Nepali rupee has fallen to a fresh 28-month low against the US dollar, as the value of the Indian rupee, with which the country’s currency is pegged, took a dip due to growing demand for US dollars.
Nepali rupee, which closed at 107.83 against the US dollar today, will open for trading at 108.54 on Saturday, shows the reference rate of Nepal Rastra Bank (NRB), the central bank. The rupee’s exchange rate vis-à-vis the greenback will remain the same on Sunday. NRB fixes exchange rates for Saturdays and Sundays in the afternoon of Fridays.
Rupee had last fallen to this level on September 4, 2013, when the exchange rate had plunged to an all-time low of 109.03 a dollar. This means the exchange rates for Saturday and Sunday are the second lowest in Nepal’s history.
The value of Nepali rupee has been tumbling recently because of pressure felt by the Indian currency.
Indian rupee, which opened at 67.35 per dollar today, fell to as low as 67.71, before closing at 67.61, the lowest since September 3, 2013.
Indian currency is currently under pressure as foreign institutional investors are continuously offloading shares in line with global selloff. This is raising demand for the greenback.
Overseas investors sold $174 million more Indian shares than they bought this week through January 13, Bloomberg’s latest data show. “Withdrawals last week, at $383 million, were the biggest since the five days ended December 4,” Bloomberg said.
Also, falling oil prices and volatility in China are contributing to Indian rupee’s losses.
“The Indian currency’s movement is largely sentiment driven. As China market continues to crash, there will be impact on emerging market currencies, including India. There is also an expectation that there might be four rate hikes from the US Federal Reserve, than the three expected before,” LiveMint quoted Harihar Krishnamoorthy, treasurer at FirstRand Bank, as saying.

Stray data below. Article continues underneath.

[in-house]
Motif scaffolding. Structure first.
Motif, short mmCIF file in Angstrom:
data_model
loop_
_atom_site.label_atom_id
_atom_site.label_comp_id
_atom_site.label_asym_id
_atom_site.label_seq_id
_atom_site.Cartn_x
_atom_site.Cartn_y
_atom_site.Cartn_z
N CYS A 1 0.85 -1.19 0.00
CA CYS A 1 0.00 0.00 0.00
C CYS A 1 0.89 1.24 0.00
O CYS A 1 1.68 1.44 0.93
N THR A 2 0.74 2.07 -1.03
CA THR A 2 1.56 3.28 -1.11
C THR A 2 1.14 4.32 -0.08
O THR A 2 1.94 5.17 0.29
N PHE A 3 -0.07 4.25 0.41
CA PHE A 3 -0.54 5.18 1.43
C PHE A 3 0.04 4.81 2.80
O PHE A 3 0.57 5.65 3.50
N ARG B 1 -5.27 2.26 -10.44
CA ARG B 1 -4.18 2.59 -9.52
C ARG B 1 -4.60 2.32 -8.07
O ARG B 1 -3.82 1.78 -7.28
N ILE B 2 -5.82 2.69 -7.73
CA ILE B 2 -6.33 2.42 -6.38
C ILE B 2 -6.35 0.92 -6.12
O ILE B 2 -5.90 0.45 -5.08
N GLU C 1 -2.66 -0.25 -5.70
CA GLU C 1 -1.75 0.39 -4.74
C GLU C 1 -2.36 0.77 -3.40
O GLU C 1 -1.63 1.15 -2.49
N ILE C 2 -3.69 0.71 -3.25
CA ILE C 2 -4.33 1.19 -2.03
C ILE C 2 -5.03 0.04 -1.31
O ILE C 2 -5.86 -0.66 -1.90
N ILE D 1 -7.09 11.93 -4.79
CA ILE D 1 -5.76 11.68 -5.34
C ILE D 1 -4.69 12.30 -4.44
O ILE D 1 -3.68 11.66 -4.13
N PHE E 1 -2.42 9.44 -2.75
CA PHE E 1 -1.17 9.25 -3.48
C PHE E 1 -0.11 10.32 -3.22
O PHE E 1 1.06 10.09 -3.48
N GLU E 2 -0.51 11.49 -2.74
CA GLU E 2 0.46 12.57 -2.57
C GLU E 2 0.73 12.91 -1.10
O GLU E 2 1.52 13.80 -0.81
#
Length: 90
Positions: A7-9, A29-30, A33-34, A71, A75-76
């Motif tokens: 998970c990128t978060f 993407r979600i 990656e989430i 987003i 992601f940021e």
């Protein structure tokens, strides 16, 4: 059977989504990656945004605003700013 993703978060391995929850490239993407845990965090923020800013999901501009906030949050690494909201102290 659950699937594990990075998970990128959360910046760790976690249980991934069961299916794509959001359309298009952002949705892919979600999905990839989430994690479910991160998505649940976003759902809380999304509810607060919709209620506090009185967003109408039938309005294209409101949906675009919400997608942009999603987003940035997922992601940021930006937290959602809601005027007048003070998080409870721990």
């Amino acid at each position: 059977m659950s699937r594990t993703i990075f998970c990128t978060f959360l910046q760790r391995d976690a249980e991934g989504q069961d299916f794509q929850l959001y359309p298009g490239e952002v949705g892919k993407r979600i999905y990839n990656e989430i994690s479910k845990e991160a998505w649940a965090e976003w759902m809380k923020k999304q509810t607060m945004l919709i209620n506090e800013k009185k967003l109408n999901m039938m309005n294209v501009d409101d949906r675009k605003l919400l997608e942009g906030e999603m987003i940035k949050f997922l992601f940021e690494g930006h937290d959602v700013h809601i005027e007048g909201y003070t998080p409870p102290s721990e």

This indicates Indian rupee will further take a hit in the days to come.
If Indian currency comes under pressure, the value of Nepali rupee will further depreciate.
A weak currency actually benefits recipients of remittance here, as they will get more Nepali currency while exchanging money sent by Nepalis working abroad.
A weak currency also provides leverage to exporters, as foreign buyers will get more of local currency to purchase goods or services here while exchanging dollars.
But this theory does not always apply in Nepal where prolonged hours of power cuts and other structural problems work as disincentives for exporters. Hence, weak currency has not been able to give a lift to Nepali exports.
While there is little improvement on exports front, imports — except in the first five months of this fiscal year — have continued to rise because of the nation’s status as ‘net importing country’.
This means a weak currency will only stoke inflation in a country like Nepal because importers will have to pay more of domestic currency while purchasing foreign goods priced in US dollars.